- To add a new product line that my customers want, I need to borrow from my line of credit. How much in total liabilities can I take on, and still make the required principal and interest payments?
Pro forma financial statements are a great tool to evaluate alternatives. Every business has limited resources, and pro forma reports can help you make better decisions regarding limited resources.
How do you create pro forma financial statements?
To illustrate the process of creating pro forma financial statements, meet Sally, the owner of Centerfield Sporting Goods. Centerfield is a small firm that manufactures footballs, and Sally is creating pro forma reports for the 2020 fiscal year.
The process starts with the income statement.
How to create a pro forma income statement
Sally estimates the number of footballs sold in 2020, uses that total to calculate sales, which is the first line item in the income statement below:
She then projects costs for leather and other raw materials, and the hourly rate she must pay for labour. Material and labour costs make up the cost of goods sold. Finally, Sally estimates overhead expenses, including office salaries and depreciation.
Sally’s business is only a few years old, and she projects a small profit of $10,000 for the year.
Next, use the income statement to create the balance sheet.
How to create pro forma balance sheets
Sally uses her sales estimate to estimate the dollar amount of inventory at the end of 2020. The sales total and customer payment history helps the firm determine the accounts receivable balance. Both balances are listed below.
Centerfield will carry a $100,000 bank loan, and her $10,000 in net income is posted to retained earnings in the balance sheet. 2020 will be the first year of profit for the company.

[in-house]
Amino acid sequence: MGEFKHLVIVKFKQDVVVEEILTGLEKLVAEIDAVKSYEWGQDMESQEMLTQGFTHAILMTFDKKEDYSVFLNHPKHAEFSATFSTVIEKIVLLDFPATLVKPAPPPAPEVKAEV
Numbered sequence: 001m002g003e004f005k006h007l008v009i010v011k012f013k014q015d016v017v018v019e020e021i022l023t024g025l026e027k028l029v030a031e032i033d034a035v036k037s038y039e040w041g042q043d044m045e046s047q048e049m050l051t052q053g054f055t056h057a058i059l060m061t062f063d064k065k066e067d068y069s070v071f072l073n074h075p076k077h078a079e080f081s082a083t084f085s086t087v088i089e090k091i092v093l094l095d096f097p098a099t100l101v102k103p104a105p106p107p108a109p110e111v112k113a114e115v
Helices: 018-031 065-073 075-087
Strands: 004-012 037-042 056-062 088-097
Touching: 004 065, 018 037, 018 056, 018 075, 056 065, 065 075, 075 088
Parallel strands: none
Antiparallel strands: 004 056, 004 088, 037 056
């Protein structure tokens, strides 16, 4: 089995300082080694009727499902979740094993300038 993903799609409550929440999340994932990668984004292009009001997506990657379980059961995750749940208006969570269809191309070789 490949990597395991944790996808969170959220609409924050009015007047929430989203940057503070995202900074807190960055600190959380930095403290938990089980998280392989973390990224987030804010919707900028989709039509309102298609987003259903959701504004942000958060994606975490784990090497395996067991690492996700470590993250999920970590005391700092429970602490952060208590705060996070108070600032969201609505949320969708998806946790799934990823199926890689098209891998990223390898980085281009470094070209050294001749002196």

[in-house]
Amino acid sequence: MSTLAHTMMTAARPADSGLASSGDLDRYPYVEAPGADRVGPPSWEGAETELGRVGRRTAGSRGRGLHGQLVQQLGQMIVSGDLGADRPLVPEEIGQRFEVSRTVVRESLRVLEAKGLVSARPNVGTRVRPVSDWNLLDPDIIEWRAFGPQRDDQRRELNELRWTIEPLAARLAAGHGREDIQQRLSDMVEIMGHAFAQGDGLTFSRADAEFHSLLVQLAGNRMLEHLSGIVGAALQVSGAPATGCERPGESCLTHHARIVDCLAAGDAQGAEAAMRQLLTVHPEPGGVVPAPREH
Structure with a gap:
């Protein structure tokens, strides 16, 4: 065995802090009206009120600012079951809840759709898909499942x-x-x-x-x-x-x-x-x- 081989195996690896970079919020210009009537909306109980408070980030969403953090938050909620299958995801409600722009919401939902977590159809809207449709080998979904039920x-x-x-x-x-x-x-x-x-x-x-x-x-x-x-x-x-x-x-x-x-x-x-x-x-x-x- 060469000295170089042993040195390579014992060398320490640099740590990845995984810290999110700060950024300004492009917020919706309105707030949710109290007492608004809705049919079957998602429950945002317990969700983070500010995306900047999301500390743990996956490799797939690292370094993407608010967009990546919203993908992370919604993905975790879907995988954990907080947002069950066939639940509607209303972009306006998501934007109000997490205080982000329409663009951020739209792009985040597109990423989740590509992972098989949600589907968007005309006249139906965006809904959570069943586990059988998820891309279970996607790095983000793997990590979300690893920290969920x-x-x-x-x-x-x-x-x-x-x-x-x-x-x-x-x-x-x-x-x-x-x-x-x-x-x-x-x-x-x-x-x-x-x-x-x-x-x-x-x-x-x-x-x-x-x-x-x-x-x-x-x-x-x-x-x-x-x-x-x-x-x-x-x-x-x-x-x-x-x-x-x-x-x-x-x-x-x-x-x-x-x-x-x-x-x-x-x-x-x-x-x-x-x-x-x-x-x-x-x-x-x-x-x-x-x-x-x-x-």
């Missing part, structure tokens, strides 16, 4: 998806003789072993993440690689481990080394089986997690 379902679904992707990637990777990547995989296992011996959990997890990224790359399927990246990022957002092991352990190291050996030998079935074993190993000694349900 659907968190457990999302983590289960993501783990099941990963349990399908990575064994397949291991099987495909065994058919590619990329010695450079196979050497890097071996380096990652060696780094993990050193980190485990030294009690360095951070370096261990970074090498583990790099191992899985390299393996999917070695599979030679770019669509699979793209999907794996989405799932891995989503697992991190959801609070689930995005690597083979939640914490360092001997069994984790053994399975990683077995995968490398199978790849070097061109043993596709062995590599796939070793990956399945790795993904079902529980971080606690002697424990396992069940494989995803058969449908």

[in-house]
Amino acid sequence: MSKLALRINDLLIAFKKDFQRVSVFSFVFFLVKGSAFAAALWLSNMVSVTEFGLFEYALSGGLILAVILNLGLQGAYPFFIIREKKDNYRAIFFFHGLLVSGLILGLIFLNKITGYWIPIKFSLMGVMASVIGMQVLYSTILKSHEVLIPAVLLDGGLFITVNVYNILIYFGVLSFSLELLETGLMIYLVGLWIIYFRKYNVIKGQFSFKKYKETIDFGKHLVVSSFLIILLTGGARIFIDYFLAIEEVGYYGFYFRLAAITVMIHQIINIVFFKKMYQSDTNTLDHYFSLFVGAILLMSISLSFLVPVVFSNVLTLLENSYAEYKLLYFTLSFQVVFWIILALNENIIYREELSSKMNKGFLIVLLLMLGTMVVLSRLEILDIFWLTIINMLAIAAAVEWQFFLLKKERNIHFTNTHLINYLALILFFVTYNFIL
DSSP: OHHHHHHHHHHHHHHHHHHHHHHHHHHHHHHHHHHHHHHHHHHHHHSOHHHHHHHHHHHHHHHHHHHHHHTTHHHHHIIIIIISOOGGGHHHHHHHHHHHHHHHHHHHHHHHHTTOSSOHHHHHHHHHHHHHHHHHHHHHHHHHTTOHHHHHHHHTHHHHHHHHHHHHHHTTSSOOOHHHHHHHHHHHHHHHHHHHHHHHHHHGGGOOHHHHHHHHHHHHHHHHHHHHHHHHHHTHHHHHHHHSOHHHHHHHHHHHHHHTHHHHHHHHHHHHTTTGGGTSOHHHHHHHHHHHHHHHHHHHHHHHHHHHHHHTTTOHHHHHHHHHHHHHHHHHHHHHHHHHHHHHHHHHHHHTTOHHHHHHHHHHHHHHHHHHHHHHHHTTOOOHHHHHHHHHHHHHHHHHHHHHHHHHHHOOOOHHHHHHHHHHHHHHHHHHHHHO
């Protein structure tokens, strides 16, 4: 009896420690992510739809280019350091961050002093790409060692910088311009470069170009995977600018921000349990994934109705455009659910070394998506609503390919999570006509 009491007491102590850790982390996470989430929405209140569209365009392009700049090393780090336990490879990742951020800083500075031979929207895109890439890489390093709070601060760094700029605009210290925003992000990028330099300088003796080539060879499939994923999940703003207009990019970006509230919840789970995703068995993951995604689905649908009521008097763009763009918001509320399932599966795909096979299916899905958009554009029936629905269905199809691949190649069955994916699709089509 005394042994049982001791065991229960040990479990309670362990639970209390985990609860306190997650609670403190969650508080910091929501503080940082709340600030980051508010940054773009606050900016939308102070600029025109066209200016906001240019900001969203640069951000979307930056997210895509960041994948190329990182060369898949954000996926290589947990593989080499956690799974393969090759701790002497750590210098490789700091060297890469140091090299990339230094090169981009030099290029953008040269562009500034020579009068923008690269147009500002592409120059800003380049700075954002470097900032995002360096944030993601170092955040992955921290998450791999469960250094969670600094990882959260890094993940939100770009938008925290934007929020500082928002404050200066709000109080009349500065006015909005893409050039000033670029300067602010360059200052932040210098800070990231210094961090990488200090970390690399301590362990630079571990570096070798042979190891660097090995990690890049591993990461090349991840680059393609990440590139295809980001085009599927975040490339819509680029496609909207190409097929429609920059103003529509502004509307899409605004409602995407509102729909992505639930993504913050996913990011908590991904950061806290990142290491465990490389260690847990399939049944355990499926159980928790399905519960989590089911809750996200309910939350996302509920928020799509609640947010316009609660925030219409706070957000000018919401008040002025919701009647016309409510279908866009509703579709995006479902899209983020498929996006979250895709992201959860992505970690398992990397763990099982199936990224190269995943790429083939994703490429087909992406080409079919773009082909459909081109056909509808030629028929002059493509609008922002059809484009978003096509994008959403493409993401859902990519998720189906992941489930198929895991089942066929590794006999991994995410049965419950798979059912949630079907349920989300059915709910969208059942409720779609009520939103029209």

Finally, the income statement, balance sheet, and other data is used to create the statement of cash flows.
How to create a pro forma statement of cash flows
Cash flow from operations includes cash inflows from customer payments, and cash outflow for material purchases and payroll costs.
Sally budgets for a $10,000 equipment purchase in 2020, and for the repayment of $15,000 in loan payments. The ending balance in the cash flow statement ($40,000), agrees to the cash balance in the balance sheet.
Make pro forma statements work for you
Pro forma financial statements are a great tool to assess your financial position in the current year, and for any future time period. If you’re considering a major decision, such as a business combination (merger), or a new product launch, creating pro forma reports is important.
You can also use pro forma statements to generate financial ratios. If, for example, you want to calculate the impact on the debt to equity ratio in future years, you can use the data from pro forma reports.
QuickBooks accounting software allows you to create pro forma reports, and make changes as needed. You can make pro forma adjustments, based on new information. Use these statements to find opportunities, reduce risk, and to increase profits.